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Paris: Montmartre street view of Sacré-Cœur Basilica

——

And these streets

they falter

under the weight

of it all:

the joy,

the despair,

the endless

striving

for something,

anything

to 

hold onto.

——

Taken on an afternoon in Paris with my Sony A7R while wandering around Montmartre for hours with no particular plan. 

Sometimes those are the best kind of afternoons.


——

View: My travel photography portfolio, My Photography Book Releasing in Autumn, 2014, My NYC Blog, On G+,email me, or ask for help.

Paris: Montmartre street view of Sacré-Cœur Basilica

——

And these streets

they falter

under the weight

of it all:

the joy,

the despair,

the endless

striving

for something,

anything

to

hold onto.

——

Taken on an afternoon in Paris with my Sony A7R while wandering around Montmartre for hours with no particular plan.

Sometimes those are the best kind of afternoons.

——

View: My travel photography portfolio, My Photography Book Releasing in Autumn, 2014, My NYC Blog, On G+,email me, or ask for help.

Times Square in the Snow - New York City (some updates about my book too!)

nythroughthelens:



I wanted to sincerely thank everyone for such an incredible outpouring of love regarding my New York City coffee table book: NY Through The Lens. I, honestly, was gob-smacked this past weekend  when responding to the comments on my various posts about the book on Facebook, Twitter,  Google +,  Tumblr and  Instagram. 

I feel so spoiled by all of you! Seriously. 

I think a lot about a passage written by E.M. Forster that really resonated with me back when I was a budding Literary Criticism & Theory major:


Only connect! That was the whole of her sermon. 
Only connect the prose and the passion, and both will be exalted, 
And human love will be seen at its height. 
Live in fragments no longer. 
Only connect…

—E.M. Forster, Howards End

Forster’s characters are constantly plagued by dilemmas that stunt true connection despite the positive implications of the phrase. While Forster’s usage of the phrase has different meanings colored by the context of the era he was writing about, I have always thought about the phrase in the context of sharing pieces of ourselves in an era of surface sharing on the internet. We share a lot in the hopes of some sort of connection but actual connections seem mired in ambiguity and pretense.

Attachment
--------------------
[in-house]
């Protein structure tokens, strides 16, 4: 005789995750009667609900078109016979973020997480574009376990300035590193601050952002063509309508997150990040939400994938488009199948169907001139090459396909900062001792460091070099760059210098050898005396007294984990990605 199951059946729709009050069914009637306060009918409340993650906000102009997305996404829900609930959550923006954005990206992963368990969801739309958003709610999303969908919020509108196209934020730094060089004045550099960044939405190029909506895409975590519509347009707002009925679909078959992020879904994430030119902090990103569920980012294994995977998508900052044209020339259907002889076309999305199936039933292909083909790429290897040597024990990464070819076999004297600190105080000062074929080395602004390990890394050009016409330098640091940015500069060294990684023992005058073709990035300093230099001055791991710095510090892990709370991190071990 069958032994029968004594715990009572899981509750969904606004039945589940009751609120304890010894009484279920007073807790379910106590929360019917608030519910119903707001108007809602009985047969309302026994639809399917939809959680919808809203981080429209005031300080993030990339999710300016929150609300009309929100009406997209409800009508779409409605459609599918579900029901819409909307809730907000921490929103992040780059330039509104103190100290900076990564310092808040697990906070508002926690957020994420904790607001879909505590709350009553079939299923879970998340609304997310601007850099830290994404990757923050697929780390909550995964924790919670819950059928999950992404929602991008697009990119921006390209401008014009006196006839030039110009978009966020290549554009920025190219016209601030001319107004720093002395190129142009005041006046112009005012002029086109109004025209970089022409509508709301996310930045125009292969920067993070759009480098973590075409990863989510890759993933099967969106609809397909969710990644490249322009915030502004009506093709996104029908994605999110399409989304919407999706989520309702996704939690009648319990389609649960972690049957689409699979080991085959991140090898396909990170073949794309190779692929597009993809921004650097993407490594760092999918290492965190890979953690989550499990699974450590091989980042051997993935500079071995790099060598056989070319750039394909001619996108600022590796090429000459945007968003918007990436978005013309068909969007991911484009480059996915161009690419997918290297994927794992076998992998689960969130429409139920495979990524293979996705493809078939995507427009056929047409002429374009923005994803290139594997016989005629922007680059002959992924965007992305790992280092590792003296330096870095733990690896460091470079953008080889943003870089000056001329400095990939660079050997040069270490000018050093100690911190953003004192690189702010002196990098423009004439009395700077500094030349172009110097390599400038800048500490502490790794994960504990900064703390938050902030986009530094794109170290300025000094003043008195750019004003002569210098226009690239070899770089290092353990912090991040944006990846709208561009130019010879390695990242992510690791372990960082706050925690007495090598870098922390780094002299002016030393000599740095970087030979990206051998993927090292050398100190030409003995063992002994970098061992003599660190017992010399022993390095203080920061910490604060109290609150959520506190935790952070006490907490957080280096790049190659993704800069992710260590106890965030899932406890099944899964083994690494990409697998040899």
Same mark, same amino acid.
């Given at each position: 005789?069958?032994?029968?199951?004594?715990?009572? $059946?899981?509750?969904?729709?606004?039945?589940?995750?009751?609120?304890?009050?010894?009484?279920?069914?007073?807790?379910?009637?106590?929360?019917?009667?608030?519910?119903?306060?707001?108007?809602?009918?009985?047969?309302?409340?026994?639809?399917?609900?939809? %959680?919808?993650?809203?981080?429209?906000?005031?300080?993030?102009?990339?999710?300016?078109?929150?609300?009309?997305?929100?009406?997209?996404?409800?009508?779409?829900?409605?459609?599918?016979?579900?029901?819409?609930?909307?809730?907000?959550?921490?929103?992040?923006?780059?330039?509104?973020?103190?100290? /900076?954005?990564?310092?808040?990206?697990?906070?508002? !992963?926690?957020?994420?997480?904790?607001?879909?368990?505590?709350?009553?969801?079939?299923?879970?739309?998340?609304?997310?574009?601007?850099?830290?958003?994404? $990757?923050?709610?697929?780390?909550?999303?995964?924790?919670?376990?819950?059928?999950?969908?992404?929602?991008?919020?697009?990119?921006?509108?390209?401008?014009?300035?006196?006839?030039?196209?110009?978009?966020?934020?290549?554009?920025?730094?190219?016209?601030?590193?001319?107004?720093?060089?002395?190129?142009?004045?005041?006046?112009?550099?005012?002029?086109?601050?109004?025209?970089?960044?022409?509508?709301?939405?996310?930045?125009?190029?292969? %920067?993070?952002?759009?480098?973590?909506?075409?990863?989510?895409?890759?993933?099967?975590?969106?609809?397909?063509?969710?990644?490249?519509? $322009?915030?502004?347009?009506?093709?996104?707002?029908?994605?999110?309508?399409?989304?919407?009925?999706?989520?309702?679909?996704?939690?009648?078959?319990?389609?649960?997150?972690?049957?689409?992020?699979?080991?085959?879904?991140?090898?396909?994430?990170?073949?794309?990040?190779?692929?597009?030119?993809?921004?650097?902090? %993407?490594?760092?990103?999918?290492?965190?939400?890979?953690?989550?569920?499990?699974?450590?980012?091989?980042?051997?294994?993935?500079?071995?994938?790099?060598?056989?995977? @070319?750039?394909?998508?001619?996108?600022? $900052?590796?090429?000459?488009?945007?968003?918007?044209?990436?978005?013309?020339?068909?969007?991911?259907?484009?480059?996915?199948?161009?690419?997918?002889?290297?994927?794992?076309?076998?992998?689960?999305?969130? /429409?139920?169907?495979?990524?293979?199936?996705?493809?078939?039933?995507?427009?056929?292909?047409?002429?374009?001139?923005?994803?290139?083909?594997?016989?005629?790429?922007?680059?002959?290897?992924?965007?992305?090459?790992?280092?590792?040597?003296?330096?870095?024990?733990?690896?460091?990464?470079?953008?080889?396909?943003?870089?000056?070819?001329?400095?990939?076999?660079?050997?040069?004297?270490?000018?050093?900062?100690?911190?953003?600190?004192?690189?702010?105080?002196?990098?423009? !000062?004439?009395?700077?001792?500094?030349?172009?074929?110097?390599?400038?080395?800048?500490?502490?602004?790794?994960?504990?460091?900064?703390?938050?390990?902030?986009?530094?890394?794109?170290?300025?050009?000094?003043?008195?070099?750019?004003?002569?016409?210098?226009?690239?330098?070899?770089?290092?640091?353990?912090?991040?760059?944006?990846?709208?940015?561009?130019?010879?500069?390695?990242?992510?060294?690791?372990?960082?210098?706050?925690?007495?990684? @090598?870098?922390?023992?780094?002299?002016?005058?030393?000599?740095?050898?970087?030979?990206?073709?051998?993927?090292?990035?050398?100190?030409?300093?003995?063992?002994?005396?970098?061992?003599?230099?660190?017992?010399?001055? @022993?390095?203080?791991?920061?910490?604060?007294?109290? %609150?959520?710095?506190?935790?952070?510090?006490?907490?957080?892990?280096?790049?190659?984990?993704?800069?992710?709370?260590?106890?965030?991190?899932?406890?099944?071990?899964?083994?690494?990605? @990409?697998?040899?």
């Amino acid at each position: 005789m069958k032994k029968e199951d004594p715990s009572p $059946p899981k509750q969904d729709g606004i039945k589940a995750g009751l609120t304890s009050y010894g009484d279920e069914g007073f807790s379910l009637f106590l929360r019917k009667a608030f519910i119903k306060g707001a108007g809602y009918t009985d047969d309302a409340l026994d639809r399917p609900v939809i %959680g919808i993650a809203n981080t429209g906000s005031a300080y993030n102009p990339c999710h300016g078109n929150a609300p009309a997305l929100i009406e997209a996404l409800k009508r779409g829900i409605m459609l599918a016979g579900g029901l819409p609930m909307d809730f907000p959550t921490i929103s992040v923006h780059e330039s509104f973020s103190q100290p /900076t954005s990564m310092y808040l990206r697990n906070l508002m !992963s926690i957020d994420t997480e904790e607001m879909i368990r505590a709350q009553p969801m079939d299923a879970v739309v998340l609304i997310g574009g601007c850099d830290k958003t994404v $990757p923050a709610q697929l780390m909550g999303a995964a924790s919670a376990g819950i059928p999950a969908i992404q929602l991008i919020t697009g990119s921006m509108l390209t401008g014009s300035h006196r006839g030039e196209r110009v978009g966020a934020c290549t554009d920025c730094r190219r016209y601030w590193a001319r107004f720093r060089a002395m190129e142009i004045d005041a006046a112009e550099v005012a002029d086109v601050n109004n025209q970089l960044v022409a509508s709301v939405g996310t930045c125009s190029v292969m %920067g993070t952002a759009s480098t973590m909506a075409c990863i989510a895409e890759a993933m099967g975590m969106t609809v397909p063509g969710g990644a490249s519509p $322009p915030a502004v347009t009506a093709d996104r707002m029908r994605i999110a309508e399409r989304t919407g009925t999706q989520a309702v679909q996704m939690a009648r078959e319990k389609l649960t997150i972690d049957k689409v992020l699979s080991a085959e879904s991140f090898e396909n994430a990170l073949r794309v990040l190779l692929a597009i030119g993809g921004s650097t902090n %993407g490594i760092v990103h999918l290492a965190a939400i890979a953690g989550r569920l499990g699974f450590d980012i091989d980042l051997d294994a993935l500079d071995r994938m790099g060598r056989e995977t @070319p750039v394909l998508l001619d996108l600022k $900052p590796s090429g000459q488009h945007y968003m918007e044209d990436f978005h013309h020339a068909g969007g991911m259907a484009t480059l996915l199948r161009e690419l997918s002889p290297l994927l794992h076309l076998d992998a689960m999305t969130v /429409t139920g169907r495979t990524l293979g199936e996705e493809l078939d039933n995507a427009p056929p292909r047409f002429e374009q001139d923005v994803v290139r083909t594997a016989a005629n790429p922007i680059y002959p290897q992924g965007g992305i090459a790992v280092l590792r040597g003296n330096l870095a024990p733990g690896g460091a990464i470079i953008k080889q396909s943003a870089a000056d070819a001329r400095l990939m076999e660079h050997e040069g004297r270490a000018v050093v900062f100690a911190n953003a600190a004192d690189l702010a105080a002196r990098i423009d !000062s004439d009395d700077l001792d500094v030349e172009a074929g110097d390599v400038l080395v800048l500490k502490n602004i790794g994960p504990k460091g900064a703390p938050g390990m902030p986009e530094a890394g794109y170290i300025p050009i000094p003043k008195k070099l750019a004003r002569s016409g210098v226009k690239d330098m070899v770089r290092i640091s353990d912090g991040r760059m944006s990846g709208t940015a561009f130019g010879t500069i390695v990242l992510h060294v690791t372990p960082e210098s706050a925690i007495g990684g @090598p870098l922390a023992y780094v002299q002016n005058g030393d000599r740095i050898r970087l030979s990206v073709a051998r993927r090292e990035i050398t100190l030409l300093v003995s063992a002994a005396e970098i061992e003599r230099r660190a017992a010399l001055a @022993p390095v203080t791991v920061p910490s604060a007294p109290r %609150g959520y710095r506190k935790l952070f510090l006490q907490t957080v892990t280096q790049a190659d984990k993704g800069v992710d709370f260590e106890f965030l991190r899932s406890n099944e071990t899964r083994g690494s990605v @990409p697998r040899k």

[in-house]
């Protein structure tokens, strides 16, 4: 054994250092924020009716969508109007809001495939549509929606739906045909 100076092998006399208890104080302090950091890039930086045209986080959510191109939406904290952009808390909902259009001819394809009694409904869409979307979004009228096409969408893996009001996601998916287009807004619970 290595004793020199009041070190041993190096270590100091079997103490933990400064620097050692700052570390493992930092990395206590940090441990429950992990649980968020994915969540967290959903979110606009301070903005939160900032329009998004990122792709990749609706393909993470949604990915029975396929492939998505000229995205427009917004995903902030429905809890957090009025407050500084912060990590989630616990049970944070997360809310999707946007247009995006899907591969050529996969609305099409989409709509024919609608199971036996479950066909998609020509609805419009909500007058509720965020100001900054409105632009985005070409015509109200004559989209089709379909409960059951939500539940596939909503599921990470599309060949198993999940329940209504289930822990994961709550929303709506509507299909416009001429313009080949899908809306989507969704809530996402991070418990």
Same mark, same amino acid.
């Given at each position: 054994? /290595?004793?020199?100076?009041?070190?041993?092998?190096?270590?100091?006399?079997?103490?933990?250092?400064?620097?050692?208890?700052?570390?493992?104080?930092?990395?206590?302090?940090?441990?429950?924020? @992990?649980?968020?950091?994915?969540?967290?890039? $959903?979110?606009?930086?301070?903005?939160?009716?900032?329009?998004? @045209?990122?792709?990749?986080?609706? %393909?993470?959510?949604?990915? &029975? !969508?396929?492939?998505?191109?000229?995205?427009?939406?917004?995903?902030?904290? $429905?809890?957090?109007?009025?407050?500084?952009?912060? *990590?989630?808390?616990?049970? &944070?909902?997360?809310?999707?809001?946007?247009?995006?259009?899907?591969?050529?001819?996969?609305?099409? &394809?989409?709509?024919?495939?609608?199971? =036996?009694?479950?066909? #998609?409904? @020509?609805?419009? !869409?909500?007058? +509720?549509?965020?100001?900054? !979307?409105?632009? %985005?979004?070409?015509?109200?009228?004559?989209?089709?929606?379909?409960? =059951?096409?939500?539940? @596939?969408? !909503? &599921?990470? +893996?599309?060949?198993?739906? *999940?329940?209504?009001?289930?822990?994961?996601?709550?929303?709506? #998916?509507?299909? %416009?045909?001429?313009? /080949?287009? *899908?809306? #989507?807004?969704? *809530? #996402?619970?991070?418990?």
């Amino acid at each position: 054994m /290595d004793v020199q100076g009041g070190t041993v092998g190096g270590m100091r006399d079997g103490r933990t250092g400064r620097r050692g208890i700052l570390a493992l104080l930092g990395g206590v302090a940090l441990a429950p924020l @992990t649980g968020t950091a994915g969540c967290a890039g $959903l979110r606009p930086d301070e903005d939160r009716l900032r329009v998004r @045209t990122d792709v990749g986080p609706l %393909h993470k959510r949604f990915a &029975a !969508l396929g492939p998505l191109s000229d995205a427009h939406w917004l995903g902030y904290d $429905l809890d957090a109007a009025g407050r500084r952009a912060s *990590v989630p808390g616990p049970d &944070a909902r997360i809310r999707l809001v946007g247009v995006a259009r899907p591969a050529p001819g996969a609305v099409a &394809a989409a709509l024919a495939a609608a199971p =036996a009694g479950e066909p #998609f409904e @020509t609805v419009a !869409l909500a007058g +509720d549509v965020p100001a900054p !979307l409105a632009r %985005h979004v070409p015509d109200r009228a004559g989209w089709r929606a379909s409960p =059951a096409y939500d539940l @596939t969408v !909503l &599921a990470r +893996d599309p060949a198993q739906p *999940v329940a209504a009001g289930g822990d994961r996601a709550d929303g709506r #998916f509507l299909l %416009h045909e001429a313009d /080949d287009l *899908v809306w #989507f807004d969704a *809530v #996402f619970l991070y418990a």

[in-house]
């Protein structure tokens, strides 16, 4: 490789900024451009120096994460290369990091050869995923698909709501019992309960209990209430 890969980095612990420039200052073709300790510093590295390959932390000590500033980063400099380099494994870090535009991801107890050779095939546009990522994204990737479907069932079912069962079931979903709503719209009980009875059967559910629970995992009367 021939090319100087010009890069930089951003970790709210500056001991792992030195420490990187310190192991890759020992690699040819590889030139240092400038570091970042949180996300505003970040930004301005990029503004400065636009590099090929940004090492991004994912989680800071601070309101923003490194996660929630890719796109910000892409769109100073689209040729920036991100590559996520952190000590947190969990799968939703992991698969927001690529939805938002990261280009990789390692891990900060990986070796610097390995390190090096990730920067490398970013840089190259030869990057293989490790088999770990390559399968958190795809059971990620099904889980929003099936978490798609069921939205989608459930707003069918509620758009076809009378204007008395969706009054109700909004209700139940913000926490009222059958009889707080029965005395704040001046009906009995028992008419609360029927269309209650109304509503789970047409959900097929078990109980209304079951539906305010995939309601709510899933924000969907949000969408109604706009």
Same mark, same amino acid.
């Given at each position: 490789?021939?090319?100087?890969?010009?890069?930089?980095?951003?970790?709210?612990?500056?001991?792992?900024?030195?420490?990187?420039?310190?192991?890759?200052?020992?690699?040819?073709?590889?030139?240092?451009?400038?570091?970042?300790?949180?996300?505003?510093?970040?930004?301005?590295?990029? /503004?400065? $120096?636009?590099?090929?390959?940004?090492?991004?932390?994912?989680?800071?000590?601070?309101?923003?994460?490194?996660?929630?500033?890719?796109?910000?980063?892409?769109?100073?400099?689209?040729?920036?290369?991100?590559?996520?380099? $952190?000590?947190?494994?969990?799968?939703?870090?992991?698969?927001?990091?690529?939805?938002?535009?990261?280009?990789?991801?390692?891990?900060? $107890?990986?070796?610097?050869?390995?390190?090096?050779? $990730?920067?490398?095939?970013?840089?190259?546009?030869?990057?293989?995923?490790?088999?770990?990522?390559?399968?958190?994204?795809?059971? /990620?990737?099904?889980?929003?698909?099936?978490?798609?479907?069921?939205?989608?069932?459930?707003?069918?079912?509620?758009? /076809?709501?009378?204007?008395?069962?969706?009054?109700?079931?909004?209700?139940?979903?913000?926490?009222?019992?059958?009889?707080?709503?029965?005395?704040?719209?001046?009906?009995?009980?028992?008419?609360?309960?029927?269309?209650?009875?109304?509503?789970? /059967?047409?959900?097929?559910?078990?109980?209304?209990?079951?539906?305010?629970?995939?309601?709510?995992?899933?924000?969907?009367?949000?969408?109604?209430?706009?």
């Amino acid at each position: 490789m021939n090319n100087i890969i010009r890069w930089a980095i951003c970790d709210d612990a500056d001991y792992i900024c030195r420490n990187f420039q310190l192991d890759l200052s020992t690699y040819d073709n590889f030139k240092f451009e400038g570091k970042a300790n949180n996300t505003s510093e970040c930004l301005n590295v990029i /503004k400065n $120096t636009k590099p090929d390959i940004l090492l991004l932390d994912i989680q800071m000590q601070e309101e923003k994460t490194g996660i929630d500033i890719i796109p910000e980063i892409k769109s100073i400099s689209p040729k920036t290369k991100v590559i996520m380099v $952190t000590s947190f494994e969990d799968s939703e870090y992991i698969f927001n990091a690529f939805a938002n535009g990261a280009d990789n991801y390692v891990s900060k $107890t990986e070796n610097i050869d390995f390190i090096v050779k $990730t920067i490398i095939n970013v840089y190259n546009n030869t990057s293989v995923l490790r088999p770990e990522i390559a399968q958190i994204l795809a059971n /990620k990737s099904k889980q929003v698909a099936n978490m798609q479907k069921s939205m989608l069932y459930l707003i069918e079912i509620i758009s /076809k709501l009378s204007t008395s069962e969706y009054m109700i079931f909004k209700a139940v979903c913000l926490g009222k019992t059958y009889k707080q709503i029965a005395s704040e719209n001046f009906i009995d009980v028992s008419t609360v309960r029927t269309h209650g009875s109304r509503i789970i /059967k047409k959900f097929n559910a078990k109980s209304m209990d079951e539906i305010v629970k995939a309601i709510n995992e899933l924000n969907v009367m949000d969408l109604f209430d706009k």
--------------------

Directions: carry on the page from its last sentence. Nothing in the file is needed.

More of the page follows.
When I started to share my (often) emotional writing and photography, I felt incredibly vulnerable (I still do, to be honest). But every time I get an email or message or comment that indicates that someone else felt the feelings I described in my writing or conveyed with my photography, it’s one of the most beautiful feelings. 

I still close my eyes and click or tap on the Submit button on my blog sometimes because what I write and what I convey with my photography is so intensely personal. But it all feels worthwhile during life moments like this one.

So, thank you for that.

——

Updated info about the book:

I updated my blog post that contains pre-sale links with some edits to answers and updated questions:

New York City Coffee Table Book: NY Through The Lens

Updates include:

1 - The page counts are actually the same for the paperback version and the hardcover version. It’s an Amazon foible that has them listed differently. It will be corrected soon.

2 - There are updated links for the UK version of the book as well as a separate link for those who live in Australia as Booktopia Australia has the book listed which will cut down on shipping costs for those down under!

3 -  I have also answered the number one question I received about purchasing the book in other parts of Europe and Asia:

Answer: Here is the low-down on the book’s release. It is available in the English language on Amazon throughout most of Europe (and parts of Asia).

If you go to your country’s Amazon and search for: NY Through The Lens, my book will show up. This is your own country’s option for purchasing the book. Just remember that the shipping will be local and the currency will be friendly to where you live but the book will be in English.

Hope this helps!

Again, if you missed the flurry of announcements and are totally lost right now. Here is the original announcement about the book along with TONS of info, photos, and answers to questions:

New York City Coffee Table Book: NY Through The Lens

Much love, 

V.

P.S. - I will get back to posting about my South of France, Paris, and Martinique adventures soon! We left off in Nice. I didn’t forget ;). Also, newer NYC photography! I have some exciting NYC adventures coming up.